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Two-Minute Take: Undeclared North Korea

New research released this week by Beyond Parallel and CSIS revealed 13 of an estimated 20 North Korean missile operating bases that are undeclared by the government. Bush Institute Fellow Victor Cha gives his two-minute take.

Article by Victor Cha November 16, 2018 //   3 minute read

What is the significance of CSIS’s findings, and how do they impact the Unites States’ diplomatic process with North Korea?

Our findings will not be new to those inside of governments, but they do show the general public that the DPRK weapons programs extend far beyond the items they have been "selling" to us (i.e., the nuclear test site and satellite launch facility) in return for a lifting of sanctions. These operational missile bases remain undeclared by North Korea yet threaten the United States, South Korea, and Japan. In this regard, we are trying to ensure that the public policy discussion about this remains well-informed.

President Trump downplayed the findings, tweeting they reveal nothing new. Last week, he said: “The sanctions are on. The missiles have stopped. The rockets have stopped. The hostages are home.” What aspects of the situation is he failing to assess?

Our study shows that while the missile tests may have stopped, they still have over a dozen operational missile bases from which they could launch ballistic missiles. Thus, the tests have stopped but the threat is still there and growing. Moreover, he refers to the return of U.S. hostages, but the human rights abuses continue in North Korea without any accountability being required of the North Korean leader to the international community and the UN, the latter of which has recommended referral of Kim Jong-un to the ICC for crimes against humanity.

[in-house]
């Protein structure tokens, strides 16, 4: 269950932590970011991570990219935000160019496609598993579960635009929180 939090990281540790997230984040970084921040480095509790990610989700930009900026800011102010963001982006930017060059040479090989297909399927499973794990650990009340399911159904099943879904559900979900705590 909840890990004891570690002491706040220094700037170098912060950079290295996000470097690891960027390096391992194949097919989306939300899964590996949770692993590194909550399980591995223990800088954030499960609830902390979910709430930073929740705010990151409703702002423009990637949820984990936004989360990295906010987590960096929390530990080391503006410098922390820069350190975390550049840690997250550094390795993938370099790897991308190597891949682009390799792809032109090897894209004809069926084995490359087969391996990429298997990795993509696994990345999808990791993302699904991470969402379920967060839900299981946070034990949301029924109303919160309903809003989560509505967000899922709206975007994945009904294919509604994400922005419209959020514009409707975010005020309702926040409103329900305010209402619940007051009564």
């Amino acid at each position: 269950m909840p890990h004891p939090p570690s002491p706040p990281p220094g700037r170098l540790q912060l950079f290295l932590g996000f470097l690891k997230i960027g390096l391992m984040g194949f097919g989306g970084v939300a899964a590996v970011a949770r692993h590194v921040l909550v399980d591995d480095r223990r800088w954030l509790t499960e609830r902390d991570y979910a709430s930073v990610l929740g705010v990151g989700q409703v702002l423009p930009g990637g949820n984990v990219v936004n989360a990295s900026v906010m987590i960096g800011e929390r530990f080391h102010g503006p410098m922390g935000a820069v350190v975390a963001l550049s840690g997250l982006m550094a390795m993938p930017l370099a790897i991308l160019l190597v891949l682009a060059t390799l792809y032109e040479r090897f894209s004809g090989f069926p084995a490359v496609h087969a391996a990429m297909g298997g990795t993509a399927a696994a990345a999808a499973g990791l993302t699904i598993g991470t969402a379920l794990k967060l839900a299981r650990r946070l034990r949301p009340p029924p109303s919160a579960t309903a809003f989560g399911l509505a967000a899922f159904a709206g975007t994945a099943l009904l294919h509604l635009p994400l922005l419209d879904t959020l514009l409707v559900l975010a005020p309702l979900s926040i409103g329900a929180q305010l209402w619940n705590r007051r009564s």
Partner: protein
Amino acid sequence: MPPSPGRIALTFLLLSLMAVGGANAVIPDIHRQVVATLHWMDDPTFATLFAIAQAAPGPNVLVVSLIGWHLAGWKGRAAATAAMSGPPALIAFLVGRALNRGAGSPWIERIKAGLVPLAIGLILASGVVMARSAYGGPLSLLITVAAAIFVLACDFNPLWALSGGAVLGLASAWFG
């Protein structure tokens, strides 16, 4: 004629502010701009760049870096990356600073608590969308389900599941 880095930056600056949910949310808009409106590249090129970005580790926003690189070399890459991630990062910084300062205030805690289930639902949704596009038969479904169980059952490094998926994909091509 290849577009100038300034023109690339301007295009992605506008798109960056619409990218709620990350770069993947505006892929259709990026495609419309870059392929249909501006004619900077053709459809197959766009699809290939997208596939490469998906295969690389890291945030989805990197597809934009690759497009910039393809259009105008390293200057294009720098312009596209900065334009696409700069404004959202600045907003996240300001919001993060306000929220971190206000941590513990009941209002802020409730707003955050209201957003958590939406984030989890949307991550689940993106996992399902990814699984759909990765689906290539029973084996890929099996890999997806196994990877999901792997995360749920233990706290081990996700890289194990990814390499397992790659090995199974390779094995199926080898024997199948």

*Shortly after Dr. Cha’s interview, the media reported the first North Korea weapons test since November 2017.

What does CSIS’s report mean for the idea of complete, verifiable, irreversible denuclearization (CVID)? 

It is hard to imagine CVID without an addressing of these operational missile bases that we have studied, in addition to the nuclear weapons programs. To address one without the other does not make us necessarily safer. North Korea would only like to offer those things that they no longer need. We need to focus on the entirety of the program and a full declaration from the regime, rather than a piecemeal approach.